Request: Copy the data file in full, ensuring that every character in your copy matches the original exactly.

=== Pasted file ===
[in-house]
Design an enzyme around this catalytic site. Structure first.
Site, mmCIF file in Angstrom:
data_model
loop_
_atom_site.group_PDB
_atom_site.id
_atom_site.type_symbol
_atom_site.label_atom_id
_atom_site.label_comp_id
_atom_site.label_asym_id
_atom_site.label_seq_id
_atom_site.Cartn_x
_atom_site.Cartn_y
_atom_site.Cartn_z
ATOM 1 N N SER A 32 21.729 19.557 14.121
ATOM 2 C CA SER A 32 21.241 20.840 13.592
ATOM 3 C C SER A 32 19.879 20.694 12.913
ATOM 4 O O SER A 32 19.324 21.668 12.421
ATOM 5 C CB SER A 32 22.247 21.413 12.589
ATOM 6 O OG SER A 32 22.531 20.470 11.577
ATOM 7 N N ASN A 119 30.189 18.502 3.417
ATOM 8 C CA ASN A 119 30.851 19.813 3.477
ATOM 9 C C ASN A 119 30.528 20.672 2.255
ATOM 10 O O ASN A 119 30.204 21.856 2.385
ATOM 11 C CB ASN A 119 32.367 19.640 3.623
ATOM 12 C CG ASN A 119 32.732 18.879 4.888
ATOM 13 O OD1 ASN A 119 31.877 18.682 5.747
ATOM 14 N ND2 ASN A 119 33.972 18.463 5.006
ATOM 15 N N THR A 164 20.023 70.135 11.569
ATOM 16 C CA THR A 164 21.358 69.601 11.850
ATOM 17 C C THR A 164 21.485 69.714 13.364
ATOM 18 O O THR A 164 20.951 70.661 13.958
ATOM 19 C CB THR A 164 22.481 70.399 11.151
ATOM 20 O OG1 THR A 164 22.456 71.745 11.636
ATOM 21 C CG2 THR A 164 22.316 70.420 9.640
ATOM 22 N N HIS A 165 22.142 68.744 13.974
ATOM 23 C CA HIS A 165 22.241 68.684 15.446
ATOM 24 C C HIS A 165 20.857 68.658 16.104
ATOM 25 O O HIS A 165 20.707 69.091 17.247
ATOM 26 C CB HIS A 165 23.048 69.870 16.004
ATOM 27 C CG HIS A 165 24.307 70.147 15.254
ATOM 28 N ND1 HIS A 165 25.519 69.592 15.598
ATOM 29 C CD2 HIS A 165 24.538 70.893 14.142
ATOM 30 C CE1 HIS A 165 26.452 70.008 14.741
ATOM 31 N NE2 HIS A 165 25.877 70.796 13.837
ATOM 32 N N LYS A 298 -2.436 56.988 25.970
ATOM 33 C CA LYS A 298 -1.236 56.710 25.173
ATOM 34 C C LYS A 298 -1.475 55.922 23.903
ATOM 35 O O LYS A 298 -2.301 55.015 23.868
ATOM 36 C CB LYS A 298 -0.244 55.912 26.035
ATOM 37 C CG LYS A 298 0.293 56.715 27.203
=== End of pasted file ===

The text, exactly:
[in-house]
Design an enzyme around this catalytic site. Structure first.
Site, mmCIF file in Angstrom:
data_model
loop_
_atom_site.group_PDB
_atom_site.id
_atom_site.type_symbol
_atom_site.label_atom_id
_atom_site.label_comp_id
_atom_site.label_asym_id
_atom_site.label_seq_id
_atom_site.Cartn_x
_atom_site.Cartn_y
_atom_site.Cartn_z
ATOM 1 N N SER A 32 21.729 19.557 14.121
ATOM 2 C CA SER A 32 21.241 20.840 13.592
ATOM 3 C C SER A 32 19.879 20.694 12.913
ATOM 4 O O SER A 32 19.324 21.668 12.421
ATOM 5 C CB SER A 32 22.247 21.413 12.589
ATOM 6 O OG SER A 32 22.531 20.470 11.577
ATOM 7 N N ASN A 119 30.189 18.502 3.417
ATOM 8 C CA ASN A 119 30.851 19.813 3.477
ATOM 9 C C ASN A 119 30.528 20.672 2.255
ATOM 10 O O ASN A 119 30.204 21.856 2.385
ATOM 11 C CB ASN A 119 32.367 19.640 3.623
ATOM 12 C CG ASN A 119 32.732 18.879 4.888
ATOM 13 O OD1 ASN A 119 31.877 18.682 5.747
ATOM 14 N ND2 ASN A 119 33.972 18.463 5.006
ATOM 15 N N THR A 164 20.023 70.135 11.569
ATOM 16 C CA THR A 164 21.358 69.601 11.850
ATOM 17 C C THR A 164 21.485 69.714 13.364
ATOM 18 O O THR A 164 20.951 70.661 13.958
ATOM 19 C CB THR A 164 22.481 70.399 11.151
ATOM 20 O OG1 THR A 164 22.456 71.745 11.636
ATOM 21 C CG2 THR A 164 22.316 70.420 9.640
ATOM 22 N N HIS A 165 22.142 68.744 13.974
ATOM 23 C CA HIS A 165 22.241 68.684 15.446
ATOM 24 C C HIS A 165 20.857 68.658 16.104
ATOM 25 O O HIS A 165 20.707 69.091 17.247
ATOM 26 C CB HIS A 165 23.048 69.870 16.004
ATOM 27 C CG HIS A 165 24.307 70.147 15.254
ATOM 28 N ND1 HIS A 165 25.519 69.592 15.598
ATOM 29 C CD2 HIS A 165 24.538 70.893 14.142
ATOM 30 C CE1 HIS A 165 26.452 70.008 14.741
ATOM 31 N NE2 HIS A 165 25.877 70.796 13.837
ATOM 32 N N LYS A 298 -2.436 56.988 25.970
ATOM 33 C CA LYS A 298 -1.236 56.710 25.173
ATOM 34 C C LYS A 298 -1.475 55.922 23.903
ATOM 35 O O LYS A 298 -2.301 55.015 23.868
ATOM 36 C CB LYS A 298 -0.244 55.912 26.035
ATOM 37 C CG LYS A 298 0.293 56.715 27.203